"Surfers, drugs, and rock 'n' roll sometimes went together," writes Nat Young in his book The Complete History of Surfing. Last week, Joel Tudor teamed up with Vans to deliver the Duct Tape Invitational, an event where 16 handpicked longboarders were unleashed upon the town of Montauk, New York, to prove that Nat's comment still applies today.
A legendary father to the surfing world, Nat is referring to an era that preceded the current generation of battle-faced, exercise ball-toting pros. "I genuinely felt there was more to surfing than competition," he continues. "Many young surfers today are missing out on the possibility of expressing themselves through their surfing because their lives are dominated by contests."
Joel was, and always has been, the exception to Nat's generalization. Sure, Joel has spent his fair share of time garbing contest jerseys and slapping sponsor logos on his quiver. But no one can deny that Joel wandered into a realm of surfing that no other young surfer dared search out during the early- to mid-'90s, a time when shortboarding was the only way to roll if you were an ambitious kid looking to make it in the pro lineup. Instead, as an immensely talented surfer, Joel spent his time toying with board shapes and styles of surfing that the rest of the industry viewed as antiquated and unprogressive. Little did the surf world realize where this seemingly aimless path of counterculture would lead Joel and his eventual cohorts.
Last weekend's blur of an event featured two days of heats, none of which can be considered genuinely competition-focused. The rules of the contest basically went like this: F–k it. There are no rules. Just four colored singlets, 25-minute heats, a few tents on the sand, and an open bar tab. Snaking, burning, crossing over--it was a free-for-all. In fact, competitors were awarded $500 to split for the best doubles ride in every heat of the event.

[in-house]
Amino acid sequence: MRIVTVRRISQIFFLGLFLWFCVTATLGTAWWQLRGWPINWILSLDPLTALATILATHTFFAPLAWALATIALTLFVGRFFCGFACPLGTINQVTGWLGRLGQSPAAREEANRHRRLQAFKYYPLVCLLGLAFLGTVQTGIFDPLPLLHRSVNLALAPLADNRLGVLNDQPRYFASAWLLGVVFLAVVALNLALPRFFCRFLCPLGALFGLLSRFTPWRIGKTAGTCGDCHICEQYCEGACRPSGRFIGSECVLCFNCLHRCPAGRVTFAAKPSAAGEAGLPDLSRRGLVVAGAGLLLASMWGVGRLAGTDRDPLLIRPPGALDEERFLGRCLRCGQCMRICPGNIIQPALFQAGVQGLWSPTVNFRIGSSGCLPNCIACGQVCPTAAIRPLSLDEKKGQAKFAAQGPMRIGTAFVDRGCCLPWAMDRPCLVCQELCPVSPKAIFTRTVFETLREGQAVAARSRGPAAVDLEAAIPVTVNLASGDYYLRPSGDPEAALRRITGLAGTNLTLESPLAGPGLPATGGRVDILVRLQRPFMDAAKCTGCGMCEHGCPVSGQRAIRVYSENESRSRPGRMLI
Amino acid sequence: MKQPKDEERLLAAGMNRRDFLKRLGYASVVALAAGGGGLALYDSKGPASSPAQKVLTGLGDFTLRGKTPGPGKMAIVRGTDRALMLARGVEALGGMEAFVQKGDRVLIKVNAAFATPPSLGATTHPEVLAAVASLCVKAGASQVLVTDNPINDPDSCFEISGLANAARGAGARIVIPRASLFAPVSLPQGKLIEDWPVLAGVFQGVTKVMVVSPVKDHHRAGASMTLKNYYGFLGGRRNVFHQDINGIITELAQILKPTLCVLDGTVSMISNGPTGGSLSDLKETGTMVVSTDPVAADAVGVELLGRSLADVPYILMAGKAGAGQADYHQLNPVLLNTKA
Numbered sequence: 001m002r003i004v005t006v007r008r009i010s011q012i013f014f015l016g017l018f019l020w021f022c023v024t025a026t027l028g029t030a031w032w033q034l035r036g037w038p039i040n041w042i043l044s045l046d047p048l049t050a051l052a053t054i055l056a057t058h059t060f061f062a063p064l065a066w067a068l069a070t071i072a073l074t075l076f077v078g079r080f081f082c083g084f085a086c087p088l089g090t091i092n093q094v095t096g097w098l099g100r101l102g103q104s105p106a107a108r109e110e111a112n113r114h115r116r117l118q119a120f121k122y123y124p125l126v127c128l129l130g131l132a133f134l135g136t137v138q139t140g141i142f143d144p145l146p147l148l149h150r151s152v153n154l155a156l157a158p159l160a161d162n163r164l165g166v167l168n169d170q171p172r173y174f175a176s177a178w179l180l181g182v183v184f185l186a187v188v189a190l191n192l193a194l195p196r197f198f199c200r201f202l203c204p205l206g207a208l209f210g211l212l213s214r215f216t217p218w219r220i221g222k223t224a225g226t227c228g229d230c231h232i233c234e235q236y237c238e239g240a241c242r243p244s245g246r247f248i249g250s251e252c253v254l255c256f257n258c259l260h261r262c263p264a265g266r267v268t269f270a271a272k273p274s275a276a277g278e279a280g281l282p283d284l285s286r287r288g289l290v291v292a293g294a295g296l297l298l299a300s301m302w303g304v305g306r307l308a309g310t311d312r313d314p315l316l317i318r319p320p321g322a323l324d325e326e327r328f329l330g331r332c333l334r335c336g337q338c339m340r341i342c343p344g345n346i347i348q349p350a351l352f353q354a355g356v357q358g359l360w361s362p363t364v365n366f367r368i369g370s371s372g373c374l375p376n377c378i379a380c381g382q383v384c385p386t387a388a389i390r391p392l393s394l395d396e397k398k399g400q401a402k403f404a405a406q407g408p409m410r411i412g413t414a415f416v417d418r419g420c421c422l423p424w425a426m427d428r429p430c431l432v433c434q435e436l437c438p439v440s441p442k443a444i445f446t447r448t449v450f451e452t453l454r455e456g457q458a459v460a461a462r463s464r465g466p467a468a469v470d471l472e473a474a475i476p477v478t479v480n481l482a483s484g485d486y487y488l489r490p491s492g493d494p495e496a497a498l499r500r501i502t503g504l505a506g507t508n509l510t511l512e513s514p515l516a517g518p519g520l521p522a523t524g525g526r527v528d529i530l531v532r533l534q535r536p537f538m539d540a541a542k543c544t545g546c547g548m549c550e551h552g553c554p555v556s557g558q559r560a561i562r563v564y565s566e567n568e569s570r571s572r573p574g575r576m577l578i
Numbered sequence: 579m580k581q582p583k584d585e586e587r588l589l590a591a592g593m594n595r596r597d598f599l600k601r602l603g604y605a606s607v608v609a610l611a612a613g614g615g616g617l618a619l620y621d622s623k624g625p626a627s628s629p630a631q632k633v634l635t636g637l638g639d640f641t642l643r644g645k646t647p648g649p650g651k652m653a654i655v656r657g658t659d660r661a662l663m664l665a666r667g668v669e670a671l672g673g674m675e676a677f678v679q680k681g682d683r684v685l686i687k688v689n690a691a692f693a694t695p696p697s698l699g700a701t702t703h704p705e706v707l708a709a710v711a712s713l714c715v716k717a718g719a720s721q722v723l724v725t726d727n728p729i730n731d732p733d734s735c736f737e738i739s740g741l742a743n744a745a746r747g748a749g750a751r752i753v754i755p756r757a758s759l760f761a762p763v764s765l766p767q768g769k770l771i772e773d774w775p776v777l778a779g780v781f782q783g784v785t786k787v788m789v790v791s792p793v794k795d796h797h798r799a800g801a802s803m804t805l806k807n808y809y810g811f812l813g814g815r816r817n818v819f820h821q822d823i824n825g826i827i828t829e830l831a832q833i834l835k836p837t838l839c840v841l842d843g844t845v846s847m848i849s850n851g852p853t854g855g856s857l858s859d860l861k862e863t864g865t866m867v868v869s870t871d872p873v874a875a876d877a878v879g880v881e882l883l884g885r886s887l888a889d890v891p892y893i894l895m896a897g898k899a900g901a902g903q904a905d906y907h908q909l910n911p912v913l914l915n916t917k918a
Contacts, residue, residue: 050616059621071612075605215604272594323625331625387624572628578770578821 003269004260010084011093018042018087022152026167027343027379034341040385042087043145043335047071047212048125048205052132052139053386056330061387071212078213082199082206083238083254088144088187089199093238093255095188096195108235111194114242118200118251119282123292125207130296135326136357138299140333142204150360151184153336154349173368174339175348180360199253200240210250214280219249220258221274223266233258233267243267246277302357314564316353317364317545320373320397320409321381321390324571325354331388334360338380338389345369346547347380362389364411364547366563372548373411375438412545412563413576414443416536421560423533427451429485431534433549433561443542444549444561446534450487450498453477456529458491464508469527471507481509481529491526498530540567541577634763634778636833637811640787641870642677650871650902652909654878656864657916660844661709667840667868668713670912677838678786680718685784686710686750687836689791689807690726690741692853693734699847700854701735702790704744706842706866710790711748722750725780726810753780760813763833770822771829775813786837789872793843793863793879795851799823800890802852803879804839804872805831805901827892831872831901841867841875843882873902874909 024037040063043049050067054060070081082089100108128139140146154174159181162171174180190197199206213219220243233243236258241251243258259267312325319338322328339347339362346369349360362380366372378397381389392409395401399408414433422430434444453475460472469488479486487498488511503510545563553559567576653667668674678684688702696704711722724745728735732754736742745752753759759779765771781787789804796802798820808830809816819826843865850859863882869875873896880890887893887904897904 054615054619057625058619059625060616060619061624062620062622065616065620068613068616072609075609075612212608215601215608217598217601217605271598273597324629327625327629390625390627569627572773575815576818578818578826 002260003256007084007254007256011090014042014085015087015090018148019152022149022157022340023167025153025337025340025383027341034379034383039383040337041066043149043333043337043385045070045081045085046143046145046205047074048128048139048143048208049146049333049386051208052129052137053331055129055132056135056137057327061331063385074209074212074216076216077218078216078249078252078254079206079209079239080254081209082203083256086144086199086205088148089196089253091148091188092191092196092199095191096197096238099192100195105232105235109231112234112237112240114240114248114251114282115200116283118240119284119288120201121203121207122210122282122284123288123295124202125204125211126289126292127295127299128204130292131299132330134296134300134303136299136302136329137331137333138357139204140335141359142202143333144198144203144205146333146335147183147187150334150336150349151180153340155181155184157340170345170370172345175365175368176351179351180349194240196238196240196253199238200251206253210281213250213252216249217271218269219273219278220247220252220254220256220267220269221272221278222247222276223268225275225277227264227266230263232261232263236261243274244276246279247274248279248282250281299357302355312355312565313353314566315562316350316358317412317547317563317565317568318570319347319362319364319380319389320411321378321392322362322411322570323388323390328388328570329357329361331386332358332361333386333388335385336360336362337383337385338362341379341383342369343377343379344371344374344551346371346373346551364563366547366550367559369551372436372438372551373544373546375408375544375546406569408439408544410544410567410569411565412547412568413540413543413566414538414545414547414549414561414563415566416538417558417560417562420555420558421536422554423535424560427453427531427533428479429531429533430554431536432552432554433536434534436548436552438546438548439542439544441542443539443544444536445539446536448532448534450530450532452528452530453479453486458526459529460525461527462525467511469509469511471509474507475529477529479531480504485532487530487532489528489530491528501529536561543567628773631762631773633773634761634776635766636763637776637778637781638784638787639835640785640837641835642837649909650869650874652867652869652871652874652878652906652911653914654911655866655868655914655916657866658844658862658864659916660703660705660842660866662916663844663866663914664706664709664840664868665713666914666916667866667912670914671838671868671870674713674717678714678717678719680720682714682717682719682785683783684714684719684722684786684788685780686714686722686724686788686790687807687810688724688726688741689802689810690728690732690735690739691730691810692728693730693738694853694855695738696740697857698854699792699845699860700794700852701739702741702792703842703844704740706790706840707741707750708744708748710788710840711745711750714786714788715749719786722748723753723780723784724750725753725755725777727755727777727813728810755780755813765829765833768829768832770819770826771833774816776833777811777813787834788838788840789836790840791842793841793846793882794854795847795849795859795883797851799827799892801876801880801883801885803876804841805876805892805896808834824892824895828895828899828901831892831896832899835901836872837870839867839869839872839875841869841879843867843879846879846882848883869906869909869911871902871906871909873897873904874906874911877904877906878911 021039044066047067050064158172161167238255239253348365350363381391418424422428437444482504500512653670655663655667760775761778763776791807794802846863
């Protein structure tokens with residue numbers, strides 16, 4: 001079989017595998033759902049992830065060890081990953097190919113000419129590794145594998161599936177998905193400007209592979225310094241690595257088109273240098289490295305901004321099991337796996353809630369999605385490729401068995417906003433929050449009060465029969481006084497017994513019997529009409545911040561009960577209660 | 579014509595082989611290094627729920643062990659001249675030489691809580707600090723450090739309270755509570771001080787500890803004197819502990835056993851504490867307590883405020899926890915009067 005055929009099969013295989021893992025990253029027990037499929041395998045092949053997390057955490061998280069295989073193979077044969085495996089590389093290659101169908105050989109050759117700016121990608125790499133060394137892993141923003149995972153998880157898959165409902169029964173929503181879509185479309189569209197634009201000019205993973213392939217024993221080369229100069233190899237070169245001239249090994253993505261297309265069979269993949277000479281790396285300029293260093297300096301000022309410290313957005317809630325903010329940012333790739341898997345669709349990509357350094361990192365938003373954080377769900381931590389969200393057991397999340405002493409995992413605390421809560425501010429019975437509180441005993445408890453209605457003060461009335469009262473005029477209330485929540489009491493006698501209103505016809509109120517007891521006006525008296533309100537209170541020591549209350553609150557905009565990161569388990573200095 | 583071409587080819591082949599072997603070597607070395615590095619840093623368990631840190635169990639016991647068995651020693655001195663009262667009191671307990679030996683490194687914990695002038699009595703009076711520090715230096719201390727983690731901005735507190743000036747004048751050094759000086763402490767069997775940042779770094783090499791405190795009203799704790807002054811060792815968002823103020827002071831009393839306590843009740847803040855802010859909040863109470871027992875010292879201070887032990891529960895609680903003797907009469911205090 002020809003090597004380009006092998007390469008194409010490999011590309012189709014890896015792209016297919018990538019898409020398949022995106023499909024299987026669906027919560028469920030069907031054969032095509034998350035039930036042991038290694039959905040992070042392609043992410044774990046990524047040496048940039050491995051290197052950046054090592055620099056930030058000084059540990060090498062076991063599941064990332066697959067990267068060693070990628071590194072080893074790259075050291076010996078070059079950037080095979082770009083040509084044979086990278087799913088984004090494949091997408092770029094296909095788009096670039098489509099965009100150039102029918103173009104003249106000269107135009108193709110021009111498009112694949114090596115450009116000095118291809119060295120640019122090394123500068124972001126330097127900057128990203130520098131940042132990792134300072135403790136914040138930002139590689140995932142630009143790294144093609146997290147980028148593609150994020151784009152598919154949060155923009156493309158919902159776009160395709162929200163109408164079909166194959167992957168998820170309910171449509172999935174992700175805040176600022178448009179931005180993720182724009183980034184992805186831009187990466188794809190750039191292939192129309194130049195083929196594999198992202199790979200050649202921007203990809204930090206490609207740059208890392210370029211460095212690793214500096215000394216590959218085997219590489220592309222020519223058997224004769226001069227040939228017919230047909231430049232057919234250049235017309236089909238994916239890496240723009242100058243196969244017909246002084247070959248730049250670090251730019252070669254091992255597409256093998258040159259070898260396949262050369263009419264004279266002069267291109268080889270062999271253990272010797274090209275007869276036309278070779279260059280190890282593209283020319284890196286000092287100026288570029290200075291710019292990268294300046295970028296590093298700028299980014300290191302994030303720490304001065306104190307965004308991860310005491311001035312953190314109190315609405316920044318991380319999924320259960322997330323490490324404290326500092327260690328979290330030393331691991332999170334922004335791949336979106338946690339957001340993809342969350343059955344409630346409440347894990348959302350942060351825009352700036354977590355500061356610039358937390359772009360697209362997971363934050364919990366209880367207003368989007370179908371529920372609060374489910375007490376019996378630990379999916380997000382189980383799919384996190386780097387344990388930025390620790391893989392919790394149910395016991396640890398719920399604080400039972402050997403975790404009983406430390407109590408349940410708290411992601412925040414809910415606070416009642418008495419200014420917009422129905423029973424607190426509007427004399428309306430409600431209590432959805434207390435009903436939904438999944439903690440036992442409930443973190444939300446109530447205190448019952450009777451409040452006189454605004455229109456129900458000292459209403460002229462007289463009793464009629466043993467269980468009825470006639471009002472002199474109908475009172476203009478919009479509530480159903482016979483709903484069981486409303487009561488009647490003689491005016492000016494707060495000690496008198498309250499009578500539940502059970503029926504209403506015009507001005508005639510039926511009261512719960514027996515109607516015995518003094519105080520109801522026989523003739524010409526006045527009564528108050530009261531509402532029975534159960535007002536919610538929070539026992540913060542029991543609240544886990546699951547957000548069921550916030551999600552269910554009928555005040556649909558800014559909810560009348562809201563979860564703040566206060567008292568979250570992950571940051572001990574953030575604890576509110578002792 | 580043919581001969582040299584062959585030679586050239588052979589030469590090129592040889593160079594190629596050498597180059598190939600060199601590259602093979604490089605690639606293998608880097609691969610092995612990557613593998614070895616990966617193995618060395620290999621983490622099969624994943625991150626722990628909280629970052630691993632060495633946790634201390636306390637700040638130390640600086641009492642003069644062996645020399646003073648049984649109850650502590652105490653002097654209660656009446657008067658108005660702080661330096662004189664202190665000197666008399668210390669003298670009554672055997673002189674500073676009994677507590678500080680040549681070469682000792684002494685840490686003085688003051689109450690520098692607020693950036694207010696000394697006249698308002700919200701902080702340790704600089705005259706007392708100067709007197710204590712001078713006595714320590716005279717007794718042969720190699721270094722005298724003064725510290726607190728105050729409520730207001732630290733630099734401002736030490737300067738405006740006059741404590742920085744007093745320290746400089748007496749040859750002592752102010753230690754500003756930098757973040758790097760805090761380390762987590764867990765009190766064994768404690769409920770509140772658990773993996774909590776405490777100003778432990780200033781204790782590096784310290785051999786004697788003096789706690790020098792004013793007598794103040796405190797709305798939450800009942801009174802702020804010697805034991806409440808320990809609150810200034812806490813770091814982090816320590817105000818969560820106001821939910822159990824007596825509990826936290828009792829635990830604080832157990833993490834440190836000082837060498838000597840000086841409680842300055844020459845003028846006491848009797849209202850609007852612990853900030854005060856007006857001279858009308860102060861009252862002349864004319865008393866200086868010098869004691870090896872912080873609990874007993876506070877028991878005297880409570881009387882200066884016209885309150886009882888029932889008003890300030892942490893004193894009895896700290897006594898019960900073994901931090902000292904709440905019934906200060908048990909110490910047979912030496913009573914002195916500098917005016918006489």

Age and sex didn't matter either. From Herbie Fletcher to Kassia Meador, the roster of competitors was skewed with a variety of talent. Psychedelic stylemaster Robbie Kegel, a smooth operating Alex Knost, and a perpetually barefooted, facial hair-harvesting Chris Del Moro were a few among the crew to invade Montauk.
Admittedly, there wasn't much focus on pre-contest preparation, better known as "getting in the zone" by what Del Moro calls "jock surfers," but you can bet there was plenty of creative, and sometimes daring, maneuvering going down in the heats. From feet-first paddle-ins and hanging tens over the infamous Ditch Plains rock to a bit of ass-jiving to the Talking Heads playing over the loudspeakers, there was no lack of classiness to the antics of the Duct Tape Invitational.
With local Montauk surf boss Tony Caramonico on hand for weather and swell insight, the call was made to run the semis and final at dawn on Friday. Tony's call was spot on. The tribe (well, most of them) stumbled across the freezing sand at sunrise to discover 2- to 4-foot lefts with roaring offshore winds rolling toward the contest site.
In the end, Florida's Justin Quintal cruised his way into ownership of a giant foamboard check that boasts the sum of $4,000, while Noosa Heads local Harrison Roach pulled into second place with $3,000. Montauk staple Mikey DeTemple walked away with third place and $2,000 and California's Tyler Warren claimed fourth place and $1,000.
Vans wrapped up the weekend with a private party and concert by Public Enemy, Mos Def, and Flavor Flav at their newest locale in Brooklyn. Yeah. Amazing. The weekend was like that.